About the talk:
A large literature has documented residential neighborhood conditions as a major driver of health disparities across the life course. We consider the fact that individuals routinely travel outside of their residential neighborhoods for things like work, shopping, and social activities, thereby introducing heterogeneity in contextual exposures. An important implication is that those residential neighborhood effects on health may be aggravated or mitigated by exposures to extra-residential neighborhood conditions. Yet, researchers have had few opportunities to examine the full range of individuals’ extra-residential exposures. For this study, we draw on three waves of data from the Chicago Health and Activity Space in Real-Time (CHART) study, which collected survey and smartphone-based location data from a population-based sample of 455 older adults in ten Chicago neighborhoods. We describe variation in extra-residential exposures to poverty and affluence, and then we examine how these patterns of exposure are associated with changes in health. Preliminary findings reveal that extra-residential exposures are socially and spatially structured. Importantly, we find the highest levels of variation in everyday exposures to poverty among individuals living in the poorest residential neighborhoods, and these extra-residential exposures seem to be consequential for health. We discuss the implications of these findings for a new demography of mobility and neighborhood effects on health.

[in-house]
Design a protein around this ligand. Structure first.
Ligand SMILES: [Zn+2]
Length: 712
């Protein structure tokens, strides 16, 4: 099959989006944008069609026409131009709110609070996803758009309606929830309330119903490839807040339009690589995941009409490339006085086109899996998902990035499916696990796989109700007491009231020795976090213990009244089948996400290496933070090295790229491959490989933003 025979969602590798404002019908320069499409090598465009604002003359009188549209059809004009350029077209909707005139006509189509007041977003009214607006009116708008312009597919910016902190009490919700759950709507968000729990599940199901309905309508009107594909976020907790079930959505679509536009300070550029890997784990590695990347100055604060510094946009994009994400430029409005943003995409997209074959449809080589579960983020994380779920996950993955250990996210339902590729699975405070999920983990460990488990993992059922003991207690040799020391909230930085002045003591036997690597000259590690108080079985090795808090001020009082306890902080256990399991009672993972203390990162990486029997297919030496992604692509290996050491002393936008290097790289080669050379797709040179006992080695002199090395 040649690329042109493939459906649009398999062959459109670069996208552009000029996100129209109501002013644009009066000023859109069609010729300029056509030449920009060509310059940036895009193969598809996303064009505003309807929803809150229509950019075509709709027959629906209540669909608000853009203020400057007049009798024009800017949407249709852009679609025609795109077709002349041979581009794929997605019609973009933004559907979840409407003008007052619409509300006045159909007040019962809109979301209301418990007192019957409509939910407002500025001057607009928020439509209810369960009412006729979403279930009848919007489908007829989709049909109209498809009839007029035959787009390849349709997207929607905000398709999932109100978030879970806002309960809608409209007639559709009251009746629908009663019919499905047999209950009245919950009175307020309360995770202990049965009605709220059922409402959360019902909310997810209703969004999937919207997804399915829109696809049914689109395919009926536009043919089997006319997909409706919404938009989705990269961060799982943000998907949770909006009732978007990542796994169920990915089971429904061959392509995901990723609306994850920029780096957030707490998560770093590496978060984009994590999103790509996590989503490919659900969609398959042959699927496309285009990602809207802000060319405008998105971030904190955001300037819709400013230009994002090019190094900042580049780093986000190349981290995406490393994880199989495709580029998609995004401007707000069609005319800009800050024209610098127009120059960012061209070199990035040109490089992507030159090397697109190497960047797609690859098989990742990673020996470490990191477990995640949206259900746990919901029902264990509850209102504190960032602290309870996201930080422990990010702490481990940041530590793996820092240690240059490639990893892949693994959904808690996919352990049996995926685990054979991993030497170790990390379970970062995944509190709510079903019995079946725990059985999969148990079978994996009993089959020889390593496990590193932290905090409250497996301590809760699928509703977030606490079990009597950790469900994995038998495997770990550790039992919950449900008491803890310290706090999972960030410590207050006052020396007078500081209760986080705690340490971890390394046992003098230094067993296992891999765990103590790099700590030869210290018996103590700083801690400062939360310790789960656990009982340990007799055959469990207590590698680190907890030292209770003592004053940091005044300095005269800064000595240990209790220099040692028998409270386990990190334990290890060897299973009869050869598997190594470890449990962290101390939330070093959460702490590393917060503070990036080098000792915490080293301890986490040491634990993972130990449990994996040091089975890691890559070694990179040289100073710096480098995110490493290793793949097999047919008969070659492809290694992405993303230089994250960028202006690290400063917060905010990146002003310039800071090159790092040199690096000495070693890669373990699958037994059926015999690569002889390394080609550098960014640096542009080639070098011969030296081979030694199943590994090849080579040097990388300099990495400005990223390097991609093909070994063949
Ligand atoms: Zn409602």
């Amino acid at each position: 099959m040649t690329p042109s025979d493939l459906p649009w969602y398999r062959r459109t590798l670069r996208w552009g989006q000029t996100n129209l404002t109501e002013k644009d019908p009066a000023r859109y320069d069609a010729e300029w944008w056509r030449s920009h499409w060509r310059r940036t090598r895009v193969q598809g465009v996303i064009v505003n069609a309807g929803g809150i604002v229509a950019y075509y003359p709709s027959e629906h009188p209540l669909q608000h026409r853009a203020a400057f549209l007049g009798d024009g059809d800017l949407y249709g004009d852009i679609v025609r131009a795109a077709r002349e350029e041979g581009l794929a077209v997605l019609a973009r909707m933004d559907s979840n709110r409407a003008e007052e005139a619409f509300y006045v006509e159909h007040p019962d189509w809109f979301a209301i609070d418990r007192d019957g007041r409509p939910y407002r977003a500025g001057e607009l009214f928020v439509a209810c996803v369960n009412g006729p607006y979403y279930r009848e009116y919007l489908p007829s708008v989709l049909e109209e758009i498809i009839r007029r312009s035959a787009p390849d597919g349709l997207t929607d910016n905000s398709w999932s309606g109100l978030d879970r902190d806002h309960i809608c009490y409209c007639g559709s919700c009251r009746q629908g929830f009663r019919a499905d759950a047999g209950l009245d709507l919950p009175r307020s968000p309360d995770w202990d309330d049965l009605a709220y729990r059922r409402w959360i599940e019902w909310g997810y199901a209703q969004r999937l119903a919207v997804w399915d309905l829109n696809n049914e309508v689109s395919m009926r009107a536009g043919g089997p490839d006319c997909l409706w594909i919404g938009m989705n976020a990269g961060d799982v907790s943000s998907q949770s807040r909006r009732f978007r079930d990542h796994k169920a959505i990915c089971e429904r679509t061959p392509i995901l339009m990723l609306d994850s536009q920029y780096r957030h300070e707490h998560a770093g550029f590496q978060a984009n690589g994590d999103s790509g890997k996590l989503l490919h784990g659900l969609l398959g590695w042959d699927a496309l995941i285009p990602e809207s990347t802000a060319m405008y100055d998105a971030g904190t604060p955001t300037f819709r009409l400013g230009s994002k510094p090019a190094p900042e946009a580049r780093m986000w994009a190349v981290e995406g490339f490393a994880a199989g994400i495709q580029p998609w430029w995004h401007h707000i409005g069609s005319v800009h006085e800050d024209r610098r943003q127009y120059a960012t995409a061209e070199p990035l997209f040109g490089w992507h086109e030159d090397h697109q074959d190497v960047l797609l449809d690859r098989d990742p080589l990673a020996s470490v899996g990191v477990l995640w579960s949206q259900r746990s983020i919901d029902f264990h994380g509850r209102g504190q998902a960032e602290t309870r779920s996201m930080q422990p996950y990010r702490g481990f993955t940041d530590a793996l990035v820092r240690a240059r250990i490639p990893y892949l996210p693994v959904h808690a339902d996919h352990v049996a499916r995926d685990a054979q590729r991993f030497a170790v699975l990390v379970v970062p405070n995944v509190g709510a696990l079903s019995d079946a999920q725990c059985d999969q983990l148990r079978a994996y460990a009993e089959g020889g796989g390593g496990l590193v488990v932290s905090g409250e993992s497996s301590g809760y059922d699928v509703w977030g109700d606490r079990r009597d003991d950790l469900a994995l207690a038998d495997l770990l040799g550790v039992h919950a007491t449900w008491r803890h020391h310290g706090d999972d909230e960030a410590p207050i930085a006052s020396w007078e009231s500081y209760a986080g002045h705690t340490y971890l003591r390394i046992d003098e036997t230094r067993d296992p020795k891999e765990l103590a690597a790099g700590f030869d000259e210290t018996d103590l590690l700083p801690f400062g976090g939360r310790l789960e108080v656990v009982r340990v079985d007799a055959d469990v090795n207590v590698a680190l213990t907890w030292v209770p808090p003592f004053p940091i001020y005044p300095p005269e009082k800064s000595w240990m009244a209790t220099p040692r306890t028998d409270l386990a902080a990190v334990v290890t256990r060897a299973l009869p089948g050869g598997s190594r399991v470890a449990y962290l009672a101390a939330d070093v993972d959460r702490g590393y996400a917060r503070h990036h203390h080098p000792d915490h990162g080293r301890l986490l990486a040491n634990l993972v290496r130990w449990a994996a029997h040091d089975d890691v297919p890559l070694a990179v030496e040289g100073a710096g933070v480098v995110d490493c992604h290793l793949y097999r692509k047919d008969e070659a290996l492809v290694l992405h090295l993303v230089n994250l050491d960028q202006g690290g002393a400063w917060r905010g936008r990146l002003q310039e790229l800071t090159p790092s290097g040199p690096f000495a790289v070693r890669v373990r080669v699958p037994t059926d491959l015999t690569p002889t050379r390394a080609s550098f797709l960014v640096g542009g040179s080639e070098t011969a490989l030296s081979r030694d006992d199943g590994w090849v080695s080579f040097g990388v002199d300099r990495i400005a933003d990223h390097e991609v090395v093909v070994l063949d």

About the speaker:
Erin York Cornwell is an associate professor of sociology at Cornell University. Her research is driven by concerns about how social status and social contexts shape social action, social networks, and individual outcomes. She has expertise in designing, fielding, and analyzing social surveys, including smartphone-based ecological momentary assessments that allow the examination of social life in real-time.

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